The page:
Poor Mr. Baines in his basment room…

CAUTION: Contains “spoilers.”

I’m certainly pleased that we have a splendid new restored version of Carol Reed’s “The Fallen Idol,” although, in truth, it has always been my least favorite of Reed’s “Big Three” contributions to film noir. It’s probably just too English for me to appreciate it.

I think my real problem is with the character of Mrs. Baines–a gilt-edged bully, and a self-righteous one to boot. My American response to the Baines dilemma is: just get a divorce! Now I realize that in 1948 divorces weren’t the instant cure-all that they have since become. And yes, since Baines is in the employ of a foreign embassy, a divorce from his Missus might well cost him his position. Then too, there is Baines’ guilty claim that he is the one who made Mrs. Baines the way she is by his being the way that he is.

So what exactly is Baines like? In a word, he a “softie” who wants to be liked and doesn’t want to hurt anyone’s feelings, even as he’s conducting an affair behind his wife’s back. He could use a bit of the cold-blooded logic of Earl Pfeiffer in “Clash By Night” who recognizes that in any extra-marital affair someone’s throat is going to be cut. By trying to break things easy, he only makes them worse.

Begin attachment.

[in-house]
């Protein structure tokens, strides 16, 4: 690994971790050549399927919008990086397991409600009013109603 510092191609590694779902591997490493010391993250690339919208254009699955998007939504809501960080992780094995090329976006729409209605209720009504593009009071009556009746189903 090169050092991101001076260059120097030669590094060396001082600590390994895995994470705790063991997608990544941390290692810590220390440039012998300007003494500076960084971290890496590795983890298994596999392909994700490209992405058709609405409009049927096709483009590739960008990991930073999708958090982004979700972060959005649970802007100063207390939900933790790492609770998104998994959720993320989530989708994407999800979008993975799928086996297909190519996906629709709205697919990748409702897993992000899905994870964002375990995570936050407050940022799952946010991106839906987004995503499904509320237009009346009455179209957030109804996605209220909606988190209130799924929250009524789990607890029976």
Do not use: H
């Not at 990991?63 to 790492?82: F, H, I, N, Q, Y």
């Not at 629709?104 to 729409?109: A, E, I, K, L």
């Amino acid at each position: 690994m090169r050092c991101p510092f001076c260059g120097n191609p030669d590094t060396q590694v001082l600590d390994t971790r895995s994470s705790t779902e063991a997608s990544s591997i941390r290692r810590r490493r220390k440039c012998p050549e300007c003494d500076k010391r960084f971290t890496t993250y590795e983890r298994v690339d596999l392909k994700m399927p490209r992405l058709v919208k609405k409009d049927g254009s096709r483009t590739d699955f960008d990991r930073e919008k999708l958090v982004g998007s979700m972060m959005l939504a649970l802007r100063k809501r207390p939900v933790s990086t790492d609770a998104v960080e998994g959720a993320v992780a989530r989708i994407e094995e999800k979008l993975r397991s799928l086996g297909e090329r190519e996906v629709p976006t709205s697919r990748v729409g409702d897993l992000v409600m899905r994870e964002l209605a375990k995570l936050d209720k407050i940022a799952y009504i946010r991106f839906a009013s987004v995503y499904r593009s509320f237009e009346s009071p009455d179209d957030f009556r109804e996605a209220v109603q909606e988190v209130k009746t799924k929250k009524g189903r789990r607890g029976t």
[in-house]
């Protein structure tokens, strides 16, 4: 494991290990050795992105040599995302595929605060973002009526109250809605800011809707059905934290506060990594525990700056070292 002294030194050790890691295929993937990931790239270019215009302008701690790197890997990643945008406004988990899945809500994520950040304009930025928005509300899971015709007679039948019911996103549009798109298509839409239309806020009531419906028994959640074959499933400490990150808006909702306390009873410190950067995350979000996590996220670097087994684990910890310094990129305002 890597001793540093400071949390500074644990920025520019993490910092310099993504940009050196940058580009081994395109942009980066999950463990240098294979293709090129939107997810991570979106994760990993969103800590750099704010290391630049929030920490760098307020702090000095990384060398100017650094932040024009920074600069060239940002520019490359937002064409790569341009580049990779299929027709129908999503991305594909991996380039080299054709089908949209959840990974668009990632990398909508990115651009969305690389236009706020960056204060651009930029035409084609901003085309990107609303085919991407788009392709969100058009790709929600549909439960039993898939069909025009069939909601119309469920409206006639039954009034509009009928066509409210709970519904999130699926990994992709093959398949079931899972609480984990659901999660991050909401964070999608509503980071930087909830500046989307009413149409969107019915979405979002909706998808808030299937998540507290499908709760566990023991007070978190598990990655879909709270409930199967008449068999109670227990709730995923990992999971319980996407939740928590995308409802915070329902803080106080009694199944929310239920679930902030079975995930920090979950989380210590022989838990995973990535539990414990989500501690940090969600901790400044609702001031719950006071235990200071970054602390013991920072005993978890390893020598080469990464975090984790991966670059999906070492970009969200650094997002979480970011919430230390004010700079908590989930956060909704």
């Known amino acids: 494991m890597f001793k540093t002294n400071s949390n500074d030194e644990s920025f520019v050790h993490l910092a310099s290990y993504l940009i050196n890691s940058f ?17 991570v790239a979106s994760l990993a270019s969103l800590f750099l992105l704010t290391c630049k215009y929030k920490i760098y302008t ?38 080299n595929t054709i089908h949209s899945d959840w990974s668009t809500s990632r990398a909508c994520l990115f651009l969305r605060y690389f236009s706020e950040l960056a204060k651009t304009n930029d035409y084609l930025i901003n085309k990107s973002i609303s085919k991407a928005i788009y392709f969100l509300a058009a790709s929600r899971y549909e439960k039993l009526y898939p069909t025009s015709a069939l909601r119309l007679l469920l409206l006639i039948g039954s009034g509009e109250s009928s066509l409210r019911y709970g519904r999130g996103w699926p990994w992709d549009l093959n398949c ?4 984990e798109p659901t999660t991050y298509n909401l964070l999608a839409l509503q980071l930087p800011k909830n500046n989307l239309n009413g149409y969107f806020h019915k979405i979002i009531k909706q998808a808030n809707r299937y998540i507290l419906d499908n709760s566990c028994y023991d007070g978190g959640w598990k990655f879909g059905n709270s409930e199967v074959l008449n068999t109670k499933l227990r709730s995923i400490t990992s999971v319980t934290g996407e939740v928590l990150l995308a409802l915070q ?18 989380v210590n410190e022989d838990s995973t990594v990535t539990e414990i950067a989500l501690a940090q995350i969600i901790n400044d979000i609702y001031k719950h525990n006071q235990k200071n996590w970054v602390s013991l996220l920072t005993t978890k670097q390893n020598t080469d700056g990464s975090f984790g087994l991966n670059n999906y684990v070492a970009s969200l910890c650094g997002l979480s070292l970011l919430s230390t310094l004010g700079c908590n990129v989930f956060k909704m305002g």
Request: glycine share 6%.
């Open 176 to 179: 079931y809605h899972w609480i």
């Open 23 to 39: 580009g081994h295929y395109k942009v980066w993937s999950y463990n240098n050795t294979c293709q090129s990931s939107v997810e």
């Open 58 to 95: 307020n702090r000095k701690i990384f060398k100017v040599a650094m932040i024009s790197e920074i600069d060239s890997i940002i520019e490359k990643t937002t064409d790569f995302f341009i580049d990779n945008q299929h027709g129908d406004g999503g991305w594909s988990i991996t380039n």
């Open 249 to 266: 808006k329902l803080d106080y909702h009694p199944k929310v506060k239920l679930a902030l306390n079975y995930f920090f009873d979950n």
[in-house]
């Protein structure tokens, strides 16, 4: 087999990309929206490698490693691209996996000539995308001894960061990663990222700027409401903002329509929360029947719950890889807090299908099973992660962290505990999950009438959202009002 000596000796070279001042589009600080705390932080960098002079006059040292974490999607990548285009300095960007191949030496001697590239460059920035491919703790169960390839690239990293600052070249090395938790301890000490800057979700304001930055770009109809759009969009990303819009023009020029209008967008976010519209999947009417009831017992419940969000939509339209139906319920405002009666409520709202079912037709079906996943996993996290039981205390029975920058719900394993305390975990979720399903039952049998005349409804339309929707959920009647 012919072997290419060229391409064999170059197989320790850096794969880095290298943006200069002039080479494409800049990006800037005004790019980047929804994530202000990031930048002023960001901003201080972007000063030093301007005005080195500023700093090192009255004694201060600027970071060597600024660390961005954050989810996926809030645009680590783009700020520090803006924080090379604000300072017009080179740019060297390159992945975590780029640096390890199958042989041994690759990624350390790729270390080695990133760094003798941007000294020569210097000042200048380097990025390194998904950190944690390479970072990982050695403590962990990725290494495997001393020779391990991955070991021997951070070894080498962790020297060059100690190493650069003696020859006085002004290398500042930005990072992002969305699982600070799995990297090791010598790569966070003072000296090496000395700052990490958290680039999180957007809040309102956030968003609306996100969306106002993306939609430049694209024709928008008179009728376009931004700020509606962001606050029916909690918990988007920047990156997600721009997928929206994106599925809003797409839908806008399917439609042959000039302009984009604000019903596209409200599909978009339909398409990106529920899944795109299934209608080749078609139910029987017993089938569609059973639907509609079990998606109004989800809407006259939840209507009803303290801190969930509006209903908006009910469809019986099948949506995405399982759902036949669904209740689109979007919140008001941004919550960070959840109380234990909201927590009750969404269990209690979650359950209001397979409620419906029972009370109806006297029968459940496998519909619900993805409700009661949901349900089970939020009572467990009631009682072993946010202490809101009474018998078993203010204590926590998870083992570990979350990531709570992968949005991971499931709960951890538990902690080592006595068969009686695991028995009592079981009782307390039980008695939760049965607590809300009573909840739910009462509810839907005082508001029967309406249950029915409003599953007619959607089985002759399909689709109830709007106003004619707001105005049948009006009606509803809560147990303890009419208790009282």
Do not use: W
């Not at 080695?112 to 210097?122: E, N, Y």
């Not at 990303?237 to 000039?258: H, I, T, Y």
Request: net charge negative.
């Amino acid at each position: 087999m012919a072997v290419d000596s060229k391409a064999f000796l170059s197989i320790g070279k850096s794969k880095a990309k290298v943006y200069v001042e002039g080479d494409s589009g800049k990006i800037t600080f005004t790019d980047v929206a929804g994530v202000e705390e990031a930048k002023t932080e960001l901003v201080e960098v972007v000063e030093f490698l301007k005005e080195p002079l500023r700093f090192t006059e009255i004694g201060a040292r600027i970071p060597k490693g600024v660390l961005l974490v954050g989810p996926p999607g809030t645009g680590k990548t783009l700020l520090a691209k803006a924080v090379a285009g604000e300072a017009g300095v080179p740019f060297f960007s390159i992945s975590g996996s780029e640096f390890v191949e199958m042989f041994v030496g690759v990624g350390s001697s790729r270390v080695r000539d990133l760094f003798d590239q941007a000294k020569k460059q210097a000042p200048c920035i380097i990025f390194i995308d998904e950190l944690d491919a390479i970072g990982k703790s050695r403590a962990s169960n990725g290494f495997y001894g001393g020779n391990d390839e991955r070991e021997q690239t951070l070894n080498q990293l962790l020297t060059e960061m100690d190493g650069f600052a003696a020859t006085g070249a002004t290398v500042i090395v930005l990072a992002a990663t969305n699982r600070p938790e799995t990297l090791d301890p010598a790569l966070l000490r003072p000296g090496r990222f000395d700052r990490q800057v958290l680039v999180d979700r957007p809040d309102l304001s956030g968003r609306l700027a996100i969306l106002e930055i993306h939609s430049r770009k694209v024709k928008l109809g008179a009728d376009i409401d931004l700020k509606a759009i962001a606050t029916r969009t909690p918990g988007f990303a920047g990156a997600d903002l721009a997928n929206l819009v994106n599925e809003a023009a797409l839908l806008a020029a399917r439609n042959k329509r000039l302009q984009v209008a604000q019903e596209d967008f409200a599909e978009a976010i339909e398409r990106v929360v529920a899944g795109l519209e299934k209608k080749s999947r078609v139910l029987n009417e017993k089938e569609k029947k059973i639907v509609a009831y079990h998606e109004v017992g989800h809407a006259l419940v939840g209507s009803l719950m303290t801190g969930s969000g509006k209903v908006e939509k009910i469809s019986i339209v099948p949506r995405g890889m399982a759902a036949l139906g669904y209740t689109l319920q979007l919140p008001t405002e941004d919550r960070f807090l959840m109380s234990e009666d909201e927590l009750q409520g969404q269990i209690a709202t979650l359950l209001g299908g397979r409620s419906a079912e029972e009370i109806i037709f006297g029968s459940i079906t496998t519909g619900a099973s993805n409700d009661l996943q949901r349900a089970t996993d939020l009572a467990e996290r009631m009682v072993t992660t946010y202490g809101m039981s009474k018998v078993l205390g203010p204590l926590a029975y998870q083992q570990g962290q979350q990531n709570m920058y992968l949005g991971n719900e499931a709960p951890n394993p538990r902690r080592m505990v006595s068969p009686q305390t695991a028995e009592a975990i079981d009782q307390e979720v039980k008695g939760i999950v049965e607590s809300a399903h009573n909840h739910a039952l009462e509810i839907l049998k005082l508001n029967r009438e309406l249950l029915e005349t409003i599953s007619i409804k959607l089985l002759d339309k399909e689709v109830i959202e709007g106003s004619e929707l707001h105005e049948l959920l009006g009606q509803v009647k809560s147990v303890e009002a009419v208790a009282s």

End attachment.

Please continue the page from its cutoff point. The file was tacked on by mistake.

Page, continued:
Then there is Philippe, the ambassador’s young son who Baines entertains with tales of his derring-do in Darkest Africa. Only Baines has never set foot outside of England, and the boy takes every word he says as gospel. When Mrs. Baines slips and falls during one of her out-of-control rages, the boy, not realizing that his idol is a coward who wouldn’t swat a fly, is all too ready to ready to believe that Baines has slain the ogress who was the “bane” of their existences. His attempts to shield Baines backfire badly making the man look guilty as hell in the eyes of the law–chiefly represented here by Dennis O’Dea who played a similar role as the merciless Black-and-Tan officer in Reed’s “Odd Man Out.”

But in the end, I suppose one is left to wonder what exactly is Baines’ sin? This being a film based on a story and subsequent screenplay by Grahame Greene, talk of “sin” isn’t totally uncalled-for. Baines’ sin is that he doesn’t like scenes. He doesn’t want to confront the formidable Mrs. Baines, who is prone to murderous rages, because he hasn’t the heart to strike her and he lacks the nerve to run away from her. So he tries having it both ways in the belief that he can fix it so that no one gets hurt. But someone’s throat has got to be cut. In the end Mrs. Baines does him the favor of cutting her own, but before that is proven to O’Dea’s satisfaction, Baines has indeed become a fallen idol to young Philippe–never shot that native in Africa, never pushed Mrs. Baines down the embassy’s grand staircase.


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